Patient Continues Competitive Canoeing After Multiple Surgeries
Larry Castillo Credits 16 Orthopaedic Surgeries With Allowing Him To Continue to Win Canoe Races
At the age of 66, competitive canoe racer Laurens (Larry) Castillo counts a total of 16 surgeries since he started white water canoeing more than two decades ago. First his knees, then his shoulders, and finally his back required orthopaedic surgery.
This fall, a year after hip replacement at Resurgens Orthopaedics, the Kennesaw resident won first place in the 29-mile Suwannee River canoe race in Florida and fourth place in the amateur class in the highly competitive 90-mile Adirondack Classic in New York State. In both races, he competed with men of all ages.
Without the surgeries, he would be on shore, watching others race across the water. Now, he jokes, "I can still leap tall buildings, I just have to have a running start."
Castillo competed in white water canoeing on the national level for 15 years and on the international level for three years. Now he competes in flat-water canoe racing and is race director in charge of the Back to the Chattahoochee Race and Festival.
Castillo became a patient of Resurgens Orthopaedics after he moved to Atlanta in 1984. Dr. John Garrett, the practice founder, was his doctor.
"He took care of my knees until he retired," Castillo recalled, as he outlined his list of surgeries.
Initially, the retired IBM employee had both knees replaced. Later, he had rotator cuff surgery on both shoulders, then shoulder replacement surgery, two hip replacements, and surgery to repair damaged discs in his spine.
Castillo became a patient of Resurgens Orthopaedics after he moved to Atlanta in 1984.
His most recent surgery was right hip replacement by Resurgens hip and knee specialist Dr. Mark W. Hanna.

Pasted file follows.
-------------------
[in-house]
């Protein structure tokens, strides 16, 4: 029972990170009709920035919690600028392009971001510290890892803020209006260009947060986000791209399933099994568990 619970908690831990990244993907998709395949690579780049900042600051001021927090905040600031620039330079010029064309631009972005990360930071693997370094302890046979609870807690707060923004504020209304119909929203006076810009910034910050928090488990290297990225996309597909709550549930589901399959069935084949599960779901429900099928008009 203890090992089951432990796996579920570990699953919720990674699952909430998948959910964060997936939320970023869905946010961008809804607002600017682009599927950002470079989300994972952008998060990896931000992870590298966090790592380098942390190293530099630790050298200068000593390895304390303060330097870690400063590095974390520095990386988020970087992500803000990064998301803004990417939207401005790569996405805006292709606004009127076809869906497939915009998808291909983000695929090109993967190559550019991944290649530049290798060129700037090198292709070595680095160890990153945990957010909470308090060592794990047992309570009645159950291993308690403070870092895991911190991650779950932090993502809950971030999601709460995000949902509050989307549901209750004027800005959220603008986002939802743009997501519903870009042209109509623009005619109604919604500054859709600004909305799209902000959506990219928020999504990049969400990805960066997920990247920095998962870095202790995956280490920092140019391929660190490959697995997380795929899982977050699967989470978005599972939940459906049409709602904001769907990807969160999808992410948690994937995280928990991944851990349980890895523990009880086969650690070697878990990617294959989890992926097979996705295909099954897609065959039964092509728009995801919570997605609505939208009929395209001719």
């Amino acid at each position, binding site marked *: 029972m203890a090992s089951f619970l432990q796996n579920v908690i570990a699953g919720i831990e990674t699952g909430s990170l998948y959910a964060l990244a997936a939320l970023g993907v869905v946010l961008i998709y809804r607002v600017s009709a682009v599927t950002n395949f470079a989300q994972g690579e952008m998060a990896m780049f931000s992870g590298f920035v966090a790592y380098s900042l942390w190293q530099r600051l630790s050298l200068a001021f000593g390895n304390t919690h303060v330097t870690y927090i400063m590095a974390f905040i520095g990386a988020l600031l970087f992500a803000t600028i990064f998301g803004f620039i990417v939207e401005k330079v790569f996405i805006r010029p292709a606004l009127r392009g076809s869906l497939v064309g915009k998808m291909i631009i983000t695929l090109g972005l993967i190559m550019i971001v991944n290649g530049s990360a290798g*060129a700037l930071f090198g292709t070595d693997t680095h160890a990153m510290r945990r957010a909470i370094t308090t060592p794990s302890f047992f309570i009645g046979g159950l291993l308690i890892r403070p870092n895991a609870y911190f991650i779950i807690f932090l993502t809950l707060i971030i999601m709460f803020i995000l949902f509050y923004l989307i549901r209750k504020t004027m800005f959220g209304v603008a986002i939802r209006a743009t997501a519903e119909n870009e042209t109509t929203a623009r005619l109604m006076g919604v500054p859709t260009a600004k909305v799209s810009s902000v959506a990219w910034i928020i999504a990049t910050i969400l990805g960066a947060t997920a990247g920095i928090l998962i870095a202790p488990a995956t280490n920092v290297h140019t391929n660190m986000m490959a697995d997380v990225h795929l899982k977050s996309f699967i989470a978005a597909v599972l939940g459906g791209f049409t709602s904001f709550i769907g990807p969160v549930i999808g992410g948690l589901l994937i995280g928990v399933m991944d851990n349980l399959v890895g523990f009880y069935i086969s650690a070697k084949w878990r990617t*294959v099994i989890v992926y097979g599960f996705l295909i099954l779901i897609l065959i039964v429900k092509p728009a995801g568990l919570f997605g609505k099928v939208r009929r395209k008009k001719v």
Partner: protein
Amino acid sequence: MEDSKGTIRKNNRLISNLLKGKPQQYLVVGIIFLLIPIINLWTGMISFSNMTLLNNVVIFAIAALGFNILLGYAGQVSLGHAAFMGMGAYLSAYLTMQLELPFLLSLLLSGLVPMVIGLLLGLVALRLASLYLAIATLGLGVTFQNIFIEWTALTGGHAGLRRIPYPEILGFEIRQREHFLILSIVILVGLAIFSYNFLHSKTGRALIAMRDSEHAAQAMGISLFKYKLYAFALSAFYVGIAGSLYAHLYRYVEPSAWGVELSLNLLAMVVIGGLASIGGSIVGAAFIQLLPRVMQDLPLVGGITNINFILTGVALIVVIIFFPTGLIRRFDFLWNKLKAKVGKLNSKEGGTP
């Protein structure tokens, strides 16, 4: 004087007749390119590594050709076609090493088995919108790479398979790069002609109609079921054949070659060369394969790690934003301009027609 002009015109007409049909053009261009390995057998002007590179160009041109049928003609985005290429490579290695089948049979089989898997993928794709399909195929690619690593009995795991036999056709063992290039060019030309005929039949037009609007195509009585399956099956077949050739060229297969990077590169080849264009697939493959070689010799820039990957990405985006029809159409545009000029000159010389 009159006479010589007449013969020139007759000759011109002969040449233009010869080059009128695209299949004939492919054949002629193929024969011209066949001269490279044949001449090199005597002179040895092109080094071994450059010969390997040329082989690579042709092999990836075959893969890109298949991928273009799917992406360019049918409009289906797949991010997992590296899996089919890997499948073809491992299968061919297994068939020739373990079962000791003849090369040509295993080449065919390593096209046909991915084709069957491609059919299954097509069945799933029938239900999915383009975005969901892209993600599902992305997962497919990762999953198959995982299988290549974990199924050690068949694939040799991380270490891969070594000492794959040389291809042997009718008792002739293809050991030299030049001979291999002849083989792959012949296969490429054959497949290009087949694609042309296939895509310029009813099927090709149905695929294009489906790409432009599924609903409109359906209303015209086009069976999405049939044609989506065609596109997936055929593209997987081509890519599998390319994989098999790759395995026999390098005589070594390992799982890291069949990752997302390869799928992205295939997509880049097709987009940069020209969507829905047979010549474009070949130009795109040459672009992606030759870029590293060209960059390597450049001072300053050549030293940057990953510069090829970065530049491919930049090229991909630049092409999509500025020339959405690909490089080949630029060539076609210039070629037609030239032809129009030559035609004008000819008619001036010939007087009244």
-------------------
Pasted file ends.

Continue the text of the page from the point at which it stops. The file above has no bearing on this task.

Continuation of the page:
The spine surgery by Resurgens specialist Dr. Paul R. Jeffords involved fusing two degenerated discs in his lower back and inserting two rods and six screws.
"Believe it or not, it doesn't bother me," he said. Before the back surgery, back pain limited him to canoeing only about eight miles. Now, that distance "is just a warm-up."
"These days, I work out by walking up and down Kennesaw Mountain and by canoeing on Lake Allatoona. A regular outing on the water is about 40 miles, and most events are at least 50 miles and some are 90 miles." Plus, Castillo said, the competition involves carrying his canoe for up to six miles over mountains.
These days, the only things that slow him down are airport metal detectors. "I no longer fly. I drive," he said.
Castillo has been canoeing on the racing circuit since 1983. Prior to that he was a recreational canoeist. Now he is a safety volunteer for the National Park Service and works on their educational trips on the Chattahoochee. Each group studies on the river for five weekends, and takes 10 miles of the river each time. "We will have as many as 20 boats, and I go along as safety boater."
Castillo is also active with the Upper Chattahoochee River Keepers organization and takes care of their canoes.